Readers today are especially thrilled by the prospect of good news. Drought and global warming, civil war and famine, poverty and economic inequity—yes, bad news abounds. This book by Dr. Stephen Wilkerson, on the other hand, is about hope and optimism for the future. The recorded history of our world is largely one of a sometimes worthy patriarchal striving. It has, however, all too often been tarnished, marred, and horribly disfigured by the hatreds, intolerance, and destruction that have accompanied it. And the good news? There is another way, poignantly and persuasively outlined nearly two hundred years ago by Johann Wolfgang von Goethe, involving the Divine Feminine.
Goethe’s masterpiece, Faust, involves an immensely intelligent but profoundly narcissistic man, who cruelly and selfishly exploits and ultimately ruins the life of an innocent maiden. In the legend on which Goethe’s great work is based, Faust understandably winds up in Hell, just as he does in virtually every version of this well-known wager with the Devil. But in Goethe’s interpretation, the deeply flawed protagonist is received into Heaven by the Mother of God Herself.
How and why can this be? Mankind’s long history of heroic accomplishment has never been sufficiently tempered by a sense of global community and cooperation that mitigate the horror and devastation that ever seem to march along beside a single-minded struggle to achieve and prevail. And how may this missing unity be brought about? Alchemy as understood in this book has nothing to do with an early and misguided chemistry and everything to do with the sort of individual transformation necessary for a better, more gracious, more inclusive world.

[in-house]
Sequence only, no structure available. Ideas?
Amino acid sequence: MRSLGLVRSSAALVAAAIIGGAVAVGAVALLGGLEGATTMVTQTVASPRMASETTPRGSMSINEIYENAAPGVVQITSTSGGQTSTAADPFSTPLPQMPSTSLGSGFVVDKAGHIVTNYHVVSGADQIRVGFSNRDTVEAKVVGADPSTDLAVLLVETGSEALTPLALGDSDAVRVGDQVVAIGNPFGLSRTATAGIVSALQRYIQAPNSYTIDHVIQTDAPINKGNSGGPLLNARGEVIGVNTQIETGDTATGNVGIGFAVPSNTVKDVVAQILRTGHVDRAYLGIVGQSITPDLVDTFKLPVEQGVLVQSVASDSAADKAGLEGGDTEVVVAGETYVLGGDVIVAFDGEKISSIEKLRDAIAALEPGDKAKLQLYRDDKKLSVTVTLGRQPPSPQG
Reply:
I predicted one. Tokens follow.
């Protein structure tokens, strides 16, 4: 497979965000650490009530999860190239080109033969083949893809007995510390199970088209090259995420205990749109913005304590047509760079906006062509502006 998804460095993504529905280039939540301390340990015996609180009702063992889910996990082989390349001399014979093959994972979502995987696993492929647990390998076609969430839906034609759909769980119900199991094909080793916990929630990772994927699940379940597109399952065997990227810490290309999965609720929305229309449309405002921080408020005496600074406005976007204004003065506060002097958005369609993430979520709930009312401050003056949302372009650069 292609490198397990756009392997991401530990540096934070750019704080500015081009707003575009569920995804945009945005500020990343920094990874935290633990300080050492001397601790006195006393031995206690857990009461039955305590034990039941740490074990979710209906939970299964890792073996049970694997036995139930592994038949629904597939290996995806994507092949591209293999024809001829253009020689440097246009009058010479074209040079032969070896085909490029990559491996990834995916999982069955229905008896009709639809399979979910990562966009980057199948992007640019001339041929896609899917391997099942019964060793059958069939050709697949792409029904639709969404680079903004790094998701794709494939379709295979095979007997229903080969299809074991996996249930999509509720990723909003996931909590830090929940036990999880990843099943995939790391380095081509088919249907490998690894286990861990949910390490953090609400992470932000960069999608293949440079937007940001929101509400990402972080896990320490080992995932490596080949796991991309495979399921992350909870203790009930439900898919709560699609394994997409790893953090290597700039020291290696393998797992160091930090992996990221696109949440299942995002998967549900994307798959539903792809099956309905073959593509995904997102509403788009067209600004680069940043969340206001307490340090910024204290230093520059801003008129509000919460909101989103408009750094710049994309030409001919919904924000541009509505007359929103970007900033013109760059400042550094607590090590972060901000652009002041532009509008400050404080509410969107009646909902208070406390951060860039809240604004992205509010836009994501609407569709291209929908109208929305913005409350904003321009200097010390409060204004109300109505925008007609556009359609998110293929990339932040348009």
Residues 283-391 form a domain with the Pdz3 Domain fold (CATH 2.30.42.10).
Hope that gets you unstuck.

The millennial patterns of blind violence and repression can only be ameliorated by a thoughtful and genuine embrace of open-minded reception of difference and heart-felt valuation of a larger, borderless world in which all grow together rather than further apart. Such is the promise of the final words in Goethe’s Faust: “The Divine Feminine leads us forward.”
About the Author:
The son of medical missionaries to China, Stephen Wilkerson was born in Shanghai, although he later moved to and grew up through high school in central Taiwan. Like Faust, pulled in two directions, he received an M.D. and also a Ph.D. in history from Duke University and has been vacillating between science and the humanities ever since. Most of his professional career has been in the field of medicine, first in the U.S. Navy, then in the U.S. Army, and finally in private practice in Florida. His time as a physician, especially in the military, provided many opportunities for teaching, which he has done in some capacity or other ever since working as a tutor and English language instructor in high school.
After retiring first from the Army and later from civilian practice, he entered a program at Pacifica Graduate Institute, from which he most recently received a Ph.D. in mythological studies. He has for 10 years co-chaired the area on mythology of the national Popular Culture Association, and continues his interest in teaching now primarily for Road Scholar and other adult continuing education programs.
He has published a number of papers, particularly in medicine, but this is his first book. He is now living in Black Mountain, North Carolina.